Regardless of the NSA, you still need encryption

It seems as though everywhere you turn lately, another story breaks revealing information about PRISM and Edward Snowden. And it just keeps coming. Snowden’s latest disclosure builds on the story that not only has the NSA partnered with cloud service providers to bypass encryption and access data on their international clients, but also that they have ‘cracked much online encryption.’ What does this mean for your security team? Should you quit using encryption?

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The short (and long) answer is NO.

Interestingly, Snowden himself commented that strong encryption cannot be decoded by the NSA, and he was quoted by the Guardian during an online chat, "Encryption works. Properly implemented strong crypto systems are one of the few things you can rely on."

While the details are still murky regarding the NSA’s actual technical capabilities, Snowden’s recent revelations indicate the NSA has used a combination of endpoint security weaknesses, direct access granted by service providers, and potentially some mathematics to ‘crack’ the encryption used in SSL – the primary algorithm used for internet communications. But does this mean they can crack all encryption? No – or at least, not yet.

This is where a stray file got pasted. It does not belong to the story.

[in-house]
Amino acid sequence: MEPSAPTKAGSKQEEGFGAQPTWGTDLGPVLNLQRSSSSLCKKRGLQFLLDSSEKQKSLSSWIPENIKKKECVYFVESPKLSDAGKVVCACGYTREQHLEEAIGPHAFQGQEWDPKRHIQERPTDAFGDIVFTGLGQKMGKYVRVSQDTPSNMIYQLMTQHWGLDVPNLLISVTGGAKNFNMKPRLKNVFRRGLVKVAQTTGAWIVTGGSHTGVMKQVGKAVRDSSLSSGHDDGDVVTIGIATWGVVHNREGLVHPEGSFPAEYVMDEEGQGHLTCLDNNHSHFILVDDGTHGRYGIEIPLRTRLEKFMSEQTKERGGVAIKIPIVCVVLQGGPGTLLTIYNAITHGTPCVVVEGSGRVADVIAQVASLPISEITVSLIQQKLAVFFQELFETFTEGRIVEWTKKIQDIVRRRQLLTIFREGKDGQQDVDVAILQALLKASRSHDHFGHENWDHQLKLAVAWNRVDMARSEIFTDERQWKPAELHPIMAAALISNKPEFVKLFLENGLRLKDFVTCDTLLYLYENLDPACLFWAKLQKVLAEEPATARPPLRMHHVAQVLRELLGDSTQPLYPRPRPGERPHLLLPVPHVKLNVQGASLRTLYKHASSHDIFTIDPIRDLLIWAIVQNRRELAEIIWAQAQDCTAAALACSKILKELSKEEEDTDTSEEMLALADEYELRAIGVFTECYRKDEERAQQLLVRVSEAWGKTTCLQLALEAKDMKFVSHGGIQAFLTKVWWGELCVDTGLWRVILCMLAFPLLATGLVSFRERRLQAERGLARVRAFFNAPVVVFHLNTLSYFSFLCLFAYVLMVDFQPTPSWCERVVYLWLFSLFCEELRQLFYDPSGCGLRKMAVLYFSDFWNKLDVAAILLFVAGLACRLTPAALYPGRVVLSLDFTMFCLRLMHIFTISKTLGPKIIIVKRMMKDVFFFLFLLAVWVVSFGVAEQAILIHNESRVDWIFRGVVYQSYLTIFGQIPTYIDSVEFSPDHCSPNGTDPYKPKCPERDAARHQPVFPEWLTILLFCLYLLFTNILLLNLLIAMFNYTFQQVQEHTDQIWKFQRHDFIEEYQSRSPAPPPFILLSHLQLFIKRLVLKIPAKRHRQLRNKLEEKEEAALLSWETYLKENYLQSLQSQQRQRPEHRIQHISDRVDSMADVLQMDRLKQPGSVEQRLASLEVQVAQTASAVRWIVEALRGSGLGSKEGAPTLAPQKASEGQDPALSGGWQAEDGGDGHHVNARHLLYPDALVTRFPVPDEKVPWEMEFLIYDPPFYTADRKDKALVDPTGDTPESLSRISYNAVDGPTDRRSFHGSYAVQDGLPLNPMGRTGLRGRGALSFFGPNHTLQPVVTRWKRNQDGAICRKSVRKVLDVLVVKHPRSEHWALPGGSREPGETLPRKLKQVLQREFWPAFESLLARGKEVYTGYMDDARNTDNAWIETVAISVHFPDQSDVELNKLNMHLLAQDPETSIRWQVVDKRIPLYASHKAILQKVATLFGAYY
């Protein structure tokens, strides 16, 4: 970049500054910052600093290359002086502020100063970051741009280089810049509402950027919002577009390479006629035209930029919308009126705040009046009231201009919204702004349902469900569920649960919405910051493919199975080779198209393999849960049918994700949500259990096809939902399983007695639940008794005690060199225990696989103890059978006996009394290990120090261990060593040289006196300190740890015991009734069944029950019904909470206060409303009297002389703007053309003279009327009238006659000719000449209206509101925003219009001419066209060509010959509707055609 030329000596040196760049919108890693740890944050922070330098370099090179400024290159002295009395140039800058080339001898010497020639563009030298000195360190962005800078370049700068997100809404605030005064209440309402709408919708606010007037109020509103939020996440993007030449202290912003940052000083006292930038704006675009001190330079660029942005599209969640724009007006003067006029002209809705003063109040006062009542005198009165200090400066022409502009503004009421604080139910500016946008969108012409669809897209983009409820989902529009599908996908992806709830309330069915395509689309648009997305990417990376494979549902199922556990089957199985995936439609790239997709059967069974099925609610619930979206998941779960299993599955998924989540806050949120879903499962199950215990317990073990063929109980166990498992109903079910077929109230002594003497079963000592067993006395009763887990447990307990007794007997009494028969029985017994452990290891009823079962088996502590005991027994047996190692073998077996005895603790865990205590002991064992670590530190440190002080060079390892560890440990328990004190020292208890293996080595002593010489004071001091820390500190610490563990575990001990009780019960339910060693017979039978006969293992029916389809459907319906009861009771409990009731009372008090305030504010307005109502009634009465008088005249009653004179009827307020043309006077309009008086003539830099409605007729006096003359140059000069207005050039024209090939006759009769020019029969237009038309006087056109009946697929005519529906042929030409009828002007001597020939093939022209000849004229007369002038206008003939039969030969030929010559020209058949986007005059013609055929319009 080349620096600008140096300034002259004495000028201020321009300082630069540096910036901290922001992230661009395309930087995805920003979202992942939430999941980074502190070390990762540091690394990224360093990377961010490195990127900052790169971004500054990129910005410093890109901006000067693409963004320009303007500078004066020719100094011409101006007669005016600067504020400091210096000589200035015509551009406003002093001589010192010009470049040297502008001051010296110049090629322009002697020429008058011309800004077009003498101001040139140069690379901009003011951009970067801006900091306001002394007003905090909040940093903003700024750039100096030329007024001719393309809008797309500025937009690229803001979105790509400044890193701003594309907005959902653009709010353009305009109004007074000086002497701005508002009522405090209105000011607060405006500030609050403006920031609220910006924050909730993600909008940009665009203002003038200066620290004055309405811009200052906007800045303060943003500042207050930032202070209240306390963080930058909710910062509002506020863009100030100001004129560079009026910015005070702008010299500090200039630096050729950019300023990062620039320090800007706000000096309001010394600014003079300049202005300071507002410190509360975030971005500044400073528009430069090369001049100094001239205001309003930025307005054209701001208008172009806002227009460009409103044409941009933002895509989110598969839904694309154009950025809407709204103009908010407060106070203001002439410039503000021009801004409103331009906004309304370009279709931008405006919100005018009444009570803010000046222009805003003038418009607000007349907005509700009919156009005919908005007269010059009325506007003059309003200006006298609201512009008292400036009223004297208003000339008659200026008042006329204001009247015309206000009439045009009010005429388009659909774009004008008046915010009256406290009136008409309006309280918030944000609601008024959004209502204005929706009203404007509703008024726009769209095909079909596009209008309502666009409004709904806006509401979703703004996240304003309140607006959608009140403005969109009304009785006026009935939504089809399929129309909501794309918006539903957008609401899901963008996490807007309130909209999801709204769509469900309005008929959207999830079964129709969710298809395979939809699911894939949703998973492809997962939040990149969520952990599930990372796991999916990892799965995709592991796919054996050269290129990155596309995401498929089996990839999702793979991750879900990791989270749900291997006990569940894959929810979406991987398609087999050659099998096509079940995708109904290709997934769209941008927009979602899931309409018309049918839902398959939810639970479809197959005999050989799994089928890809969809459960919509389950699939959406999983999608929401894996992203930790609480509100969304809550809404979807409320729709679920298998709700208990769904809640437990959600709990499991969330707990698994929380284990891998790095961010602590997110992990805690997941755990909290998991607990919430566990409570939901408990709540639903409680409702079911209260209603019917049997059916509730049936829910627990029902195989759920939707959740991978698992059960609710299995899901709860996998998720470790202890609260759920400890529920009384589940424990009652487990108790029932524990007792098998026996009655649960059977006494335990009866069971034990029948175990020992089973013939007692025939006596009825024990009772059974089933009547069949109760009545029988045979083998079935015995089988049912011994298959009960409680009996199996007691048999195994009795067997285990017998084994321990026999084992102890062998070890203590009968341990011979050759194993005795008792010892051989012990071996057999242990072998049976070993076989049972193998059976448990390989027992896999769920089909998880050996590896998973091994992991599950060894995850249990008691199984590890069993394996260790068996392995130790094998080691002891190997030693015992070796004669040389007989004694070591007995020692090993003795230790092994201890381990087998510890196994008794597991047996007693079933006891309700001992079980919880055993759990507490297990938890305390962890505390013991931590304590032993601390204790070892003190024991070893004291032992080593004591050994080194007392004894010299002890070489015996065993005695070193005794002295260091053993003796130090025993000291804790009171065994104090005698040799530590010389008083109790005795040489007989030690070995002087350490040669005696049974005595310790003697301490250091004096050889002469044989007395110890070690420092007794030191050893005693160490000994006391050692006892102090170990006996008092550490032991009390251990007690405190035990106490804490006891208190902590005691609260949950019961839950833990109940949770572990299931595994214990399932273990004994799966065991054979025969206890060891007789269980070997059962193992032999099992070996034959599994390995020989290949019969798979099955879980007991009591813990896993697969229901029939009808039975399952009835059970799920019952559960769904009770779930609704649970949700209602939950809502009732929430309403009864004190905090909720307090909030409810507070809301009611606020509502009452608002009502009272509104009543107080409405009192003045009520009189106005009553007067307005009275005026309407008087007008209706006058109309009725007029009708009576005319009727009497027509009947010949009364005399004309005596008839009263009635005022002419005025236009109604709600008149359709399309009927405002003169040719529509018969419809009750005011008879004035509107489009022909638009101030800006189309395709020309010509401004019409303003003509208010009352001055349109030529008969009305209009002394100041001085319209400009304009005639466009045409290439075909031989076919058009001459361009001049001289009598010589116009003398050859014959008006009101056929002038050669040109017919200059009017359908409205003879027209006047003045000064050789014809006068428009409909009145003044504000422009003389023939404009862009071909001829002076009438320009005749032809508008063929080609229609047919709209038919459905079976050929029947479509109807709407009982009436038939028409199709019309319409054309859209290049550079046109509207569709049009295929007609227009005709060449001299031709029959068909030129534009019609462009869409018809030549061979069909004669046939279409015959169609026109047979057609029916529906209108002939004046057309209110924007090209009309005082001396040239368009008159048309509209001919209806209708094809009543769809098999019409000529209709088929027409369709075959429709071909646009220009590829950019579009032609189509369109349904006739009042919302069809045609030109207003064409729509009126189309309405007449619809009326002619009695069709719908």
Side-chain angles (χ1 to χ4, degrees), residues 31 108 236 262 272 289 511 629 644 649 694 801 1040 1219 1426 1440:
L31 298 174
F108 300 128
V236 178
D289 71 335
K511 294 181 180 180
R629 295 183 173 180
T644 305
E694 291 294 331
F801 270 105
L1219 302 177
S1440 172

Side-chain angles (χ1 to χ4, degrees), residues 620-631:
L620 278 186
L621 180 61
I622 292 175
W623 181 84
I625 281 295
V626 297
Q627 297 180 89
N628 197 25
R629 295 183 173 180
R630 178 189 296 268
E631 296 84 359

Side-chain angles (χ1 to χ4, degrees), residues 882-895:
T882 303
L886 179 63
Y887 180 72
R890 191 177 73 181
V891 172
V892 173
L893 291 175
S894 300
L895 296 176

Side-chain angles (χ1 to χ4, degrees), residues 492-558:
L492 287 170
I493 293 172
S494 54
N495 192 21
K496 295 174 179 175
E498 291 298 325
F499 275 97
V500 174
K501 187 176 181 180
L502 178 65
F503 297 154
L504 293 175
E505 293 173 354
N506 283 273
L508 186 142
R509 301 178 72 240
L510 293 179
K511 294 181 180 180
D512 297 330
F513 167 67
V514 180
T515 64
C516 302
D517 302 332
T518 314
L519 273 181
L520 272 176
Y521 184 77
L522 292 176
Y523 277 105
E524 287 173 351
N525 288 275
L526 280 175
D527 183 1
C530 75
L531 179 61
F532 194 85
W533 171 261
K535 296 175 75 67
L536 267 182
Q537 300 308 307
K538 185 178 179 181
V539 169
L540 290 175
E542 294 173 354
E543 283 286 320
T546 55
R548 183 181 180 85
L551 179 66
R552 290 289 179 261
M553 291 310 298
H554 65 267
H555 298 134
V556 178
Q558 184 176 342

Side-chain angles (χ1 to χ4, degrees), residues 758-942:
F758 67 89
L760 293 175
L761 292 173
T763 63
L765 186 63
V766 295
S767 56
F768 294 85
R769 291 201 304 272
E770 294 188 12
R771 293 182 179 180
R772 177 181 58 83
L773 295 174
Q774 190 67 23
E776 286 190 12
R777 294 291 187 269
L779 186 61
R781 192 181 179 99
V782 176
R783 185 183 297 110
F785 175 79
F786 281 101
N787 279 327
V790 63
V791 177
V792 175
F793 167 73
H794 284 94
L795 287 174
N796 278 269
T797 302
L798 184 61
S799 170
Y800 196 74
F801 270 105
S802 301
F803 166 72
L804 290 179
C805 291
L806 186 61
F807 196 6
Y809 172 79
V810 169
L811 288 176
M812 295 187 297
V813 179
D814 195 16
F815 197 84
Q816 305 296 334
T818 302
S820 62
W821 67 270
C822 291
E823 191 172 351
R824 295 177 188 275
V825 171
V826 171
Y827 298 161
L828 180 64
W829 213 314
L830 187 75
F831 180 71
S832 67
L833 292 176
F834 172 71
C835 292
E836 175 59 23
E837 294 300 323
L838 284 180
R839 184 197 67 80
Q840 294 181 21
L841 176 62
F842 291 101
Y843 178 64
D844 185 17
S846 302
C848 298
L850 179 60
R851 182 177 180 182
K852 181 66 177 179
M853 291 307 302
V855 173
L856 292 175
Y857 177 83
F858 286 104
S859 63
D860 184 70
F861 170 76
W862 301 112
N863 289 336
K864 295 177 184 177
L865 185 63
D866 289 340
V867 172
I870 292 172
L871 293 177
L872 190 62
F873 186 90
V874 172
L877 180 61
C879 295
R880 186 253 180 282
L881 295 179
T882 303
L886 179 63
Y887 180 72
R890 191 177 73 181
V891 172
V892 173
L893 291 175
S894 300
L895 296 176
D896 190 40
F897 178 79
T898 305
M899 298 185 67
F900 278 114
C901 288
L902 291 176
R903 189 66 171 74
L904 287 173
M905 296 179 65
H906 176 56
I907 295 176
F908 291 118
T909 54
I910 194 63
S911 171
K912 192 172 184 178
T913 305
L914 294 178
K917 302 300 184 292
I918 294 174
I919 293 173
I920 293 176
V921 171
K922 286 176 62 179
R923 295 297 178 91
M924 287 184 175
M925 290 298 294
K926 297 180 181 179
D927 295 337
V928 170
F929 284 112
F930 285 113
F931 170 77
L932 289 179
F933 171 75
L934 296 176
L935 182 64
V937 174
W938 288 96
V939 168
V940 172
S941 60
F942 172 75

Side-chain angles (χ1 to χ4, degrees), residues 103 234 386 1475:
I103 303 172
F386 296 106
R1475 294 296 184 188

Let’s look at one of the most common forms of encryption, the AES standard. This is a primary encryption algorithm recommended by the National Institute of Standards and Technology (NIST). The AES algorithm, introduced in 2001, is used extensively (including by the government) to encrypt data ‘at rest’ in storage and in backups. Bruce Schneier, a famous cryptographer, has written about AES extensively in the past and has said many times that AES will take a long time to break, quite likely on the order of decades, centuries or even longer. In a recent blog after news of the NSA leak, Schneier wrote:

Honestly, I’m skeptical. Whatever the NSA has up its top-secret sleeves, the mathematics of cryptography will still be the most secure part of any encryption system. I worry a lot more about poorly designed cryptographic products, software bugs, bad passwords, companies that collaborate with the NSA to leak all or part of the keys, and insecure computers and networks. Those are where the real vulnerabilities are, and where the NSA spends the bulk of its efforts.

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